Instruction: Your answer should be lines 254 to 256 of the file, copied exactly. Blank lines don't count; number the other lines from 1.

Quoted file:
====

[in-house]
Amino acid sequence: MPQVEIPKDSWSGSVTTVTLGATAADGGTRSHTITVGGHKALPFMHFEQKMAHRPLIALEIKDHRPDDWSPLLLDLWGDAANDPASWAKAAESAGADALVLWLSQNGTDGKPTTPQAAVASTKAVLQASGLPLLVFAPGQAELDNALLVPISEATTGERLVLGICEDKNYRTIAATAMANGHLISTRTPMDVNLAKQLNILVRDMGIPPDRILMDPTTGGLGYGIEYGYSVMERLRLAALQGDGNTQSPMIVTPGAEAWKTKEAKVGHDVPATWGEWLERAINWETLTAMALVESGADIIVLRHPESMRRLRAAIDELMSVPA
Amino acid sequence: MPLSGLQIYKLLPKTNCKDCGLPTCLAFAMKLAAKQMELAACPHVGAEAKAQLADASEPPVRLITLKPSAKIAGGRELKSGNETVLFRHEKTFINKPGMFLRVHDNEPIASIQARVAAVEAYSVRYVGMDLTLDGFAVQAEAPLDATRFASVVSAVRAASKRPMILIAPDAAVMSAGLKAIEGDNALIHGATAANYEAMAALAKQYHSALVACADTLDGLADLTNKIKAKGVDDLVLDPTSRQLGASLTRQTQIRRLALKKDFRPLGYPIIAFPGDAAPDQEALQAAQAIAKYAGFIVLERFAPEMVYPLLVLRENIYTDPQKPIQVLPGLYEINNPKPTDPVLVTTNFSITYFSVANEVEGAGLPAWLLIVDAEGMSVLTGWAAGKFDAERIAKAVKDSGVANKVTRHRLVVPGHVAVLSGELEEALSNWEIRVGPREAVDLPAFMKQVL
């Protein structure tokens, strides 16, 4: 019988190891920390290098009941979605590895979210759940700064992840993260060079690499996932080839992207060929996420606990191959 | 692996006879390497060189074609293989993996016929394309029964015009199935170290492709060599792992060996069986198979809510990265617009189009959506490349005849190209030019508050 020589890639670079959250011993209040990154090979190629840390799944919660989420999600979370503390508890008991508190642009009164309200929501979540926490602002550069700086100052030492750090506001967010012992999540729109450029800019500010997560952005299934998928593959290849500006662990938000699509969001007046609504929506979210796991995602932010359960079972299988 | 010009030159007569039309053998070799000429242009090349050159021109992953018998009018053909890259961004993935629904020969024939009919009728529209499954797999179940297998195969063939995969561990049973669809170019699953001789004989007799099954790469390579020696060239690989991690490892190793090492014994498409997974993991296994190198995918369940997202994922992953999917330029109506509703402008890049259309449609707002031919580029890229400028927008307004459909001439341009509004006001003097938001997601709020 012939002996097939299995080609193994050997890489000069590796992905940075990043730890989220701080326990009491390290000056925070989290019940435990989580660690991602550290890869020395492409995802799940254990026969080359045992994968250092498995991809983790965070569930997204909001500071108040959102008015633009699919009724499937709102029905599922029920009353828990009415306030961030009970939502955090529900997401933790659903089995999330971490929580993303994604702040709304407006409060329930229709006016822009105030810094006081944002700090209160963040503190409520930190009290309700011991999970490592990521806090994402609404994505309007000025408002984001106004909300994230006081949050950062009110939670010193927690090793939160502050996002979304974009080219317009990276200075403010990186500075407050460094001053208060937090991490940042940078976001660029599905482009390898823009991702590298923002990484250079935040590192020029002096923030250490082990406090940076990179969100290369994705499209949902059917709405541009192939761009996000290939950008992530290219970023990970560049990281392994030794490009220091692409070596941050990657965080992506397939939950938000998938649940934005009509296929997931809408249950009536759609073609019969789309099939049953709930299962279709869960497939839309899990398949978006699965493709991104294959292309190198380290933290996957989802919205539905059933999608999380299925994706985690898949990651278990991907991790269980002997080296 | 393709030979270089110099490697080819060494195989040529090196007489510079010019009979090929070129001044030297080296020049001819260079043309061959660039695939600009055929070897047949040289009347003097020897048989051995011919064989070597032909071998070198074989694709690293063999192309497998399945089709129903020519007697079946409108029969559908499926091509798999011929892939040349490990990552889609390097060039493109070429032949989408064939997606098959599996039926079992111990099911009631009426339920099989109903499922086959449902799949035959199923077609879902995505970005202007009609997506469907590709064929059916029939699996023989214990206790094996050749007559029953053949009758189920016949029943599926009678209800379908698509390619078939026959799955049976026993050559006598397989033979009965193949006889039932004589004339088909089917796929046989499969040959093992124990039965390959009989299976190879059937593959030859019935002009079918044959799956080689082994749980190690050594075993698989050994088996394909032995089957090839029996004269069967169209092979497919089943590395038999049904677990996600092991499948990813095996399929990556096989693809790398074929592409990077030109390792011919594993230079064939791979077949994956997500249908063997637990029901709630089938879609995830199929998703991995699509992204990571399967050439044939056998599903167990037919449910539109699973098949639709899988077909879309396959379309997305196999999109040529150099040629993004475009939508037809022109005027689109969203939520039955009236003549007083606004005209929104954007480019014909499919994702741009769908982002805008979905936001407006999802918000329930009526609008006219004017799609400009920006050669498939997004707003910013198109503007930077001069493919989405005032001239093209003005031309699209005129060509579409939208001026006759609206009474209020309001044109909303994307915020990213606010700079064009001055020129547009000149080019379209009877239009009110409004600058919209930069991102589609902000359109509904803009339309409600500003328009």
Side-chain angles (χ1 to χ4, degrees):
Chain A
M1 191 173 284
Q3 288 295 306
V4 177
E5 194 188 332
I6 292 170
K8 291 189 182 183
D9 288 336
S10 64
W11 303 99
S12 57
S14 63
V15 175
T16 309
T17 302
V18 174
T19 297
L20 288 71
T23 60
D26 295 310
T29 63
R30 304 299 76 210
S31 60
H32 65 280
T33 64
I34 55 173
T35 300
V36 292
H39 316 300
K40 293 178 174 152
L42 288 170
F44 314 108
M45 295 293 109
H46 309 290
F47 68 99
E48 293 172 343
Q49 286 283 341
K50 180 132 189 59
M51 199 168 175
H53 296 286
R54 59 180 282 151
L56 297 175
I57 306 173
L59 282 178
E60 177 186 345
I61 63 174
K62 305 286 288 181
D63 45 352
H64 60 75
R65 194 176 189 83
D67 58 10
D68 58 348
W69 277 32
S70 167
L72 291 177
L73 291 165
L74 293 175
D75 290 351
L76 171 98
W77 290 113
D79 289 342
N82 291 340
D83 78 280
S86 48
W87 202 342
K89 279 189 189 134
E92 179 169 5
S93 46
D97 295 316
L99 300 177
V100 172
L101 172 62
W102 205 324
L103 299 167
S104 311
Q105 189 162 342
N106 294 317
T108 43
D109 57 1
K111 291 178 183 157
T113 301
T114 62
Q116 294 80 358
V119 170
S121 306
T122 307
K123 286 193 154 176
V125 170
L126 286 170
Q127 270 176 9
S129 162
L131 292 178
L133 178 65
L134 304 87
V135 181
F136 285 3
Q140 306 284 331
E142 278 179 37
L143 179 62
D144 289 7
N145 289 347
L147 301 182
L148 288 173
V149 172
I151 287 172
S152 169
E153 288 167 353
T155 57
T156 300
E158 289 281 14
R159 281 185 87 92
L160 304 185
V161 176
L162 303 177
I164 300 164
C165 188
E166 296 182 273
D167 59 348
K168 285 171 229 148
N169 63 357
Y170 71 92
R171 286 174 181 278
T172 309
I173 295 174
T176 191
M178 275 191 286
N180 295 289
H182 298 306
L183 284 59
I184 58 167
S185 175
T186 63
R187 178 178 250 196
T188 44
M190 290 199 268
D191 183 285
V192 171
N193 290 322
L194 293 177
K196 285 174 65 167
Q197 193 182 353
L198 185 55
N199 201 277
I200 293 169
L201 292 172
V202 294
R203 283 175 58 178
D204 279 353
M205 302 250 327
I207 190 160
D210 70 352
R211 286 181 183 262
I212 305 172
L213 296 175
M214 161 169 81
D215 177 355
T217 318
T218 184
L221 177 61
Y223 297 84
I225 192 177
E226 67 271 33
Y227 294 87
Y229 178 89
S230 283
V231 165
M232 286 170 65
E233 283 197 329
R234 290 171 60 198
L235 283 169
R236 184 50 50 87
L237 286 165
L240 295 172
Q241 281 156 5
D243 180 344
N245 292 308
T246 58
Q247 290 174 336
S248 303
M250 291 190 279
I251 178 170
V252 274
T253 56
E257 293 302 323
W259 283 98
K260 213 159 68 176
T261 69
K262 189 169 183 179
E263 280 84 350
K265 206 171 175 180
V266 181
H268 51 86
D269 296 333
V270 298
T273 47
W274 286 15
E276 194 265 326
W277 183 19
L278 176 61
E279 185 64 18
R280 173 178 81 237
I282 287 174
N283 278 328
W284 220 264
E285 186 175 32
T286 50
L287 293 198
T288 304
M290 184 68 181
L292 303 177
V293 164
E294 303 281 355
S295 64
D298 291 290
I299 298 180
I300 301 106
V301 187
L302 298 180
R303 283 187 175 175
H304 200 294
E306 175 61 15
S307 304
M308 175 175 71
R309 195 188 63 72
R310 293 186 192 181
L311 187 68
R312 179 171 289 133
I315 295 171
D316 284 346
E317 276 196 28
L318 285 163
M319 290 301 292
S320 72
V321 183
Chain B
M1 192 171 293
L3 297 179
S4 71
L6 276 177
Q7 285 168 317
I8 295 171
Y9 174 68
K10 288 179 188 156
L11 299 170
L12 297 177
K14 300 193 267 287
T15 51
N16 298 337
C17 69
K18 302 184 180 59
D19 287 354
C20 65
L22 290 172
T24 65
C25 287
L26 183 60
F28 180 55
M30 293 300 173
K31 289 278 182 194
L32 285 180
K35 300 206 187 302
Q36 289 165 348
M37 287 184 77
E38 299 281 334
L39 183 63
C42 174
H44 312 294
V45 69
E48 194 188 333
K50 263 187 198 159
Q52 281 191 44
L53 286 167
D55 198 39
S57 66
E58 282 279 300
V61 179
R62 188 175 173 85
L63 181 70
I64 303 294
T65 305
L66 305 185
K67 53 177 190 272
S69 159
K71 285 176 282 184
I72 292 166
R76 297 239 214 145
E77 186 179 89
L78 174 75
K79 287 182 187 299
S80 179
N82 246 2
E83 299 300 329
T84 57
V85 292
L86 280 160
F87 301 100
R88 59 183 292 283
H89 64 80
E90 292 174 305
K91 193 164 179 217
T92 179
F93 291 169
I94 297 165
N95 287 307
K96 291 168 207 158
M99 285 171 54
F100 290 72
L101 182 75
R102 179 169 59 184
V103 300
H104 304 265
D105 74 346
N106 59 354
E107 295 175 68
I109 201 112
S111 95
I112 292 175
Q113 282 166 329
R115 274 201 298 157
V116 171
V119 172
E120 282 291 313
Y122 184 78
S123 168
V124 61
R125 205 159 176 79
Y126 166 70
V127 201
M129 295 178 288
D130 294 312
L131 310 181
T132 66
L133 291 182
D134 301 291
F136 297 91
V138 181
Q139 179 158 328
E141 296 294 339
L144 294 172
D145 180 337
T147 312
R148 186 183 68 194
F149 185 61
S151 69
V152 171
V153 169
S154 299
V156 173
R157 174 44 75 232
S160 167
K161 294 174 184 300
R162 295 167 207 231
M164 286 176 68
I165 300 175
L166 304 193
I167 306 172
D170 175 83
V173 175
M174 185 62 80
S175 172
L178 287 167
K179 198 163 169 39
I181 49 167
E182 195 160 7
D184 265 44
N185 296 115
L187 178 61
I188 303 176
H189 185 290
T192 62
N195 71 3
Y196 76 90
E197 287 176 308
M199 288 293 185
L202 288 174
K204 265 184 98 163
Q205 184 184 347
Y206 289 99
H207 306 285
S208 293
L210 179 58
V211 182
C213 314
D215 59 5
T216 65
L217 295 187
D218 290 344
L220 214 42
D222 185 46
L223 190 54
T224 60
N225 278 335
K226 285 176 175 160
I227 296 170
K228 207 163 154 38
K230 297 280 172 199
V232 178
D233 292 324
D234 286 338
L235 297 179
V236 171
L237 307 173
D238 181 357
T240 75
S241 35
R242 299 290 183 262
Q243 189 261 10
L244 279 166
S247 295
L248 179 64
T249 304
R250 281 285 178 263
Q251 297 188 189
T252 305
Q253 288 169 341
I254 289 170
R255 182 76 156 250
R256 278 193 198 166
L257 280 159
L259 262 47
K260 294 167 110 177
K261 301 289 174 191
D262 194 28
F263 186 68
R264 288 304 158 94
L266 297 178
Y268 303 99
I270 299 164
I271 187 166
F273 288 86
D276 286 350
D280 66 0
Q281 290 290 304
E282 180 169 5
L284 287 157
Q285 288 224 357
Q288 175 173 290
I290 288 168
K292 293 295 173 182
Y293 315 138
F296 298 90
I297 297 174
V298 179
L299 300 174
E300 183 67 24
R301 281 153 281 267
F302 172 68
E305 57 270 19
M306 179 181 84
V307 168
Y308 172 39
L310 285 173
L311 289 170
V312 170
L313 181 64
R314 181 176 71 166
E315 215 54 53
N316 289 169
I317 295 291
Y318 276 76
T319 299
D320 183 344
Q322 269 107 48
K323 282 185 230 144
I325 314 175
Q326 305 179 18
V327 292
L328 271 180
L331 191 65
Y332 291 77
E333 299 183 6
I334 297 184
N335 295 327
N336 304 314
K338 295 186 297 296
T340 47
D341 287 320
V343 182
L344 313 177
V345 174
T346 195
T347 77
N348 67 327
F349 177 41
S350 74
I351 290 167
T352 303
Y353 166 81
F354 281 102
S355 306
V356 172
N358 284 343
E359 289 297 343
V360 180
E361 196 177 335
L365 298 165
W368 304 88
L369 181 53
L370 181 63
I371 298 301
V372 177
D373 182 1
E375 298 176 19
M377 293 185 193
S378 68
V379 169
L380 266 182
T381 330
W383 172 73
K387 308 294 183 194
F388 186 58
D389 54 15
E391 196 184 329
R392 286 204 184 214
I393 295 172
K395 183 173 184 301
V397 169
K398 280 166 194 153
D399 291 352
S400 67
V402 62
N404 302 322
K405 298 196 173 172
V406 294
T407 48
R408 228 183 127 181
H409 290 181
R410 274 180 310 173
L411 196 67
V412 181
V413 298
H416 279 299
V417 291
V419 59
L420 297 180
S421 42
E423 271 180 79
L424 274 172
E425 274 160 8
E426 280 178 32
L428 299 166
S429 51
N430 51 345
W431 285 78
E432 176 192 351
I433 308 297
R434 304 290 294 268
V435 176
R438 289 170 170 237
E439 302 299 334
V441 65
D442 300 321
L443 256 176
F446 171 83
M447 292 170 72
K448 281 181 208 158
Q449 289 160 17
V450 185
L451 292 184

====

C17 69
K18 302 184 180 59
D19 287 354